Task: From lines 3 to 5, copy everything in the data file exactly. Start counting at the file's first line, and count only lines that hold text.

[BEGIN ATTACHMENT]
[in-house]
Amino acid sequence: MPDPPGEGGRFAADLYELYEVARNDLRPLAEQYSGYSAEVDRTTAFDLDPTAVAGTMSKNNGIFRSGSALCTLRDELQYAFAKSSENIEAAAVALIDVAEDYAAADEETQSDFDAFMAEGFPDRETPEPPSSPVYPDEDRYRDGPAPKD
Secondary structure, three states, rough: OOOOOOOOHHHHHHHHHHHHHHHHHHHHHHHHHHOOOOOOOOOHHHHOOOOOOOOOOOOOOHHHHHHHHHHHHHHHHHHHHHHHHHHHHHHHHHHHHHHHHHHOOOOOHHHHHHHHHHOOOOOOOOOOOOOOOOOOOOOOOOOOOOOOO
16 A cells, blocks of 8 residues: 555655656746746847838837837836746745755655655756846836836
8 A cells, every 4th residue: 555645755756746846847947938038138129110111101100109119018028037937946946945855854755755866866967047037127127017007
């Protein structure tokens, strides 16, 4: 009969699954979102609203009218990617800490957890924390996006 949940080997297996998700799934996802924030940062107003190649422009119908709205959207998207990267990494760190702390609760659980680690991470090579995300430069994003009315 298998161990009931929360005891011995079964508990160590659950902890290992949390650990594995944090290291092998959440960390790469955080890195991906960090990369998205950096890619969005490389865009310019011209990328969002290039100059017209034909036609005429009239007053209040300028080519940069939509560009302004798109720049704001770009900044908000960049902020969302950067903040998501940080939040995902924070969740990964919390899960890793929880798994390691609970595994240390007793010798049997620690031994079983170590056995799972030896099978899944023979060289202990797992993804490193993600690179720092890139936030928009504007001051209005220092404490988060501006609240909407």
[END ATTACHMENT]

Secondary structure, three states, rough: OOOOOOOOHHHHHHHHHHHHHHHHHHHHHHHHHHOOOOOOOOOHHHHOOOOOOOOOOOOOOHHHHHHHHHHHHHHHHHHHHHHHHHHHHHHHHHHHHHHHHHHOOOOOHHHHHHHHHHOOOOOOOOOOOOOOOOOOOOOOOOOOOOOOO
16 A cells, blocks of 8 residues: 555655656746746847838837837836746745755655655756846836836
8 A cells, every 4th residue: 555645755756746846847947938038138129110111101100109119018028037937946946945855854755755866866967047037127127017007